About The Bay Chronicles

In the mid-1990s I wrote my first truly epic fan fiction, which collectively came to be known as The Bay Chronicles. This wasn’t particularly good fanfic, mind you. It was unnecessarily convoluted and heaped a ton of characters from various television shows, books, comic books into one bouillabaisse of near indecipherability. But it’s also the piece of work that, I believe, got me into grad school.

In order to explain that thesis, I have to first describe the work a little bit. The Bay Chronicles started with a collection of stories titled Rooms with a View. Those stories were told from Dana Scully’s point of view and detailed her partner Fox Mulder’s harassment by a vampire (Lestat, using a pseudonym). The Rooms with a View stories started out choppy, told in flash fiction snippets meant to convey Dana’s confusion as she pieces together what’s going on. In truth, though, the whole thing was confusing to read, and I’m truly sorry I inflicted it on my friends.

After that collection of stories came others, though the focus shifted away from Dana to Methos [Highlander] and Jarod [The Pretender]. Lestat continued to be obnoxious throughout, but I’d at this point also brought in some original characters and some Sandman comics stuff, just to make things ever more complicated and confusing. At the end of the day, The Bay Chronicles consisted of the following collections and stories:

Rooms with a View

  • “Home by the Sea”
  • “Return to the Home by the Sea”
  • “Second Home by the Sea”
  • “Home by the Bay”
  • “Another Home by the Bay”

Awake and Alive

  • “At Home by the Bay”
  • “Asleep by the Bay”
  • “Death by the Bay”

Promises to Keep

  • “Interlude”
  • “Miles to Go”
  • “Job 1:21”
  • “Round Trip”
  • “Forgive and Forget”

Experto Crede

  • “De Profundis”
  • “Abeunt Studia in Mores”
  • “Hetaera”
  • “Ab Ovo Usque ad Mala”

“Happily Ever After (Now and Then)”*

*which was a self-contained story that ended everything.

Okay, so how did this bizarre collection of works get me into grad school? I worked in a copy shop that also bound books, and so I printed out the entire work and gave a bound copy to one of my mentors, Dr. Douglass Parker. I’ll never know what he made of it all, but he wrote my recommendation letter, and I recall him telling me I had “a unique mind.” He smiled when he said it, so I always took it as a compliment.

In fact, Doc Parker often urged me to turn the original parts of my work into something I could publish. I did use some of it for my graduate thesis, and I continue to try to arrange it into something comprehensible for the wider world, but… It feels insurmountable to me.

Only a handful of copies of The Bay Chronicles are out there. Bound, complete copies? A half dozen maybe? Individual stories or parts? Ten to twelve, I’d guess. I still have the disks it was saved on, though I haven’t owned a computer with a disk drive in years. And they were all in Microsoft Works format, which… doesn’t exist anymore as far as I know.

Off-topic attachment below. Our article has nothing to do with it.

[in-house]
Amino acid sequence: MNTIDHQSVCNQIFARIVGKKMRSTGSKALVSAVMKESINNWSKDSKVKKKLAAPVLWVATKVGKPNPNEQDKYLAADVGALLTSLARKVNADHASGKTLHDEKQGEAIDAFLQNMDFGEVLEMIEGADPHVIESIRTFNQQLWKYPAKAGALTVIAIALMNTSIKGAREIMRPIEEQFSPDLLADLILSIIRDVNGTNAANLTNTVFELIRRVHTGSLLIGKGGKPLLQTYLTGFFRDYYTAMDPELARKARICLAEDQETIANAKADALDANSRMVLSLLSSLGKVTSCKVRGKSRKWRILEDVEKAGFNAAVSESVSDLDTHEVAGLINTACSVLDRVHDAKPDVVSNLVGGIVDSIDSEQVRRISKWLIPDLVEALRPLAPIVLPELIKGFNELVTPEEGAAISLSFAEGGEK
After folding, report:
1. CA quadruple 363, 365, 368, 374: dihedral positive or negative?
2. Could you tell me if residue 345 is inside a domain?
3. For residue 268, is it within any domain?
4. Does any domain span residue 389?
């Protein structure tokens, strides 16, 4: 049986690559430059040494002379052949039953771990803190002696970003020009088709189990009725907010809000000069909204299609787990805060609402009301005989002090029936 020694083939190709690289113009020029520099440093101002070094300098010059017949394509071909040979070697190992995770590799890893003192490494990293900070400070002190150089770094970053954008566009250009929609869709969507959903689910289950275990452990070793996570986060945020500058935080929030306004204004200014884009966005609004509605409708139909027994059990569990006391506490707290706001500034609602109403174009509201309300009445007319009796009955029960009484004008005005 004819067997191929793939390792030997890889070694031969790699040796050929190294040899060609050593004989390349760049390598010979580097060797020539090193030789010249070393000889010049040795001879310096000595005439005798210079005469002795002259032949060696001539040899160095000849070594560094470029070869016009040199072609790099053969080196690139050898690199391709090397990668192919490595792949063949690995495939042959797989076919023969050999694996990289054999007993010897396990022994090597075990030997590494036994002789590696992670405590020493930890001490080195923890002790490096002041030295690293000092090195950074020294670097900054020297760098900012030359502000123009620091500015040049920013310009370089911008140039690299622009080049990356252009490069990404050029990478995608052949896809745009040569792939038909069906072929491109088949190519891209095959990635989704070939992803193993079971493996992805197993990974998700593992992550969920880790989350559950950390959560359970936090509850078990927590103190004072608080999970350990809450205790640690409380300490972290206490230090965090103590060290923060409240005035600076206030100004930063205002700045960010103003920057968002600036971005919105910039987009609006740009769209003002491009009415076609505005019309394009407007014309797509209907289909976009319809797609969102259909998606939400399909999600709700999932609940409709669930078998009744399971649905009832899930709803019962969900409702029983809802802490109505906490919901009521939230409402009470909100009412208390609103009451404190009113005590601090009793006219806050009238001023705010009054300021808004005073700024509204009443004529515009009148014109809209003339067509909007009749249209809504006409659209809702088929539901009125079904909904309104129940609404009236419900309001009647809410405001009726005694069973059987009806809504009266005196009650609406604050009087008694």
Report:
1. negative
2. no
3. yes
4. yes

I sometimes consider retyping the series from my hard copy, just so it can exist in Google docs or whatever. But I’m not sure what the point would be. Whenever I re-read any of it, I’m astounded by how awful it is. And grateful Dr. Parker saw past that to something in me worth recommending.

Manga: Fruits Basket, Collector’s Edition 2 & 3

We recently started watching the anime for Fruits Basket on Crunchyroll, and that made me want to check out the manga it’s based on. Lucky for me, our library has a fairly good selection of manga. We’ve come a long way from my having to order from Japanese bookstores and then painstakingly translate to the best of my abilities… Which were not particularly strong…

After skimming the first Collector’s Edition—which is what our library has, rather than the individual volumes—and discovering that #1 ended right around where the anime we’d already seen did, I skipped that one and went on to #2, therefore getting ahead of the weekly episodes. Now I’m curious to see how much of what I’ve read will make it into the show.

Fruits Basket is about Tohru Honda (note that I’m anglicizing the names by putting first name first), an orphaned girl who bizarrely ends up living with an aloof classmate named Yuki Soma (sometimes spelled “Sohma”) who, along with other Soma family members, is cursed with a spirit of the Chinese zodiac. That is, whenever he’s embraced by a non-Soma member of the opposite gender, Yuki turns into a rat. Because he’s cursed with the spirit of the Chinese zodiac rat. ::shrug::

It’s exactly the kind of setup typical of this strain of anime, quite comedic but tempered with some heavy sentimentalism and the usual teen angst. The mix is highly satisfying. However, the story is far easier to understand via the anime; the manga is crowded with characters whose names are similar (and each one has several nicknames besides), and the art sometimes makes it difficult to tell what is actually happening. Despite these weaknesses, however, I find myself utterly addicted, reading through the omnibuses as quickly as I can get my hands on them. I’ll be so sad when I’ve read it all…

It’s been a long while since I’ve found a manga that I like this much. Hopefully I can discover another great series to sate my appetite once I’ve made my way through this one. Suggestions?

Movies: Isn’t It Romantic

So… this is a thing. A rom-com that pretends to be something more or better by making fun of its very genre. I’m not saying it’s a bad movie, not at all. But it’s not the superior piece it makes itself out to be, either.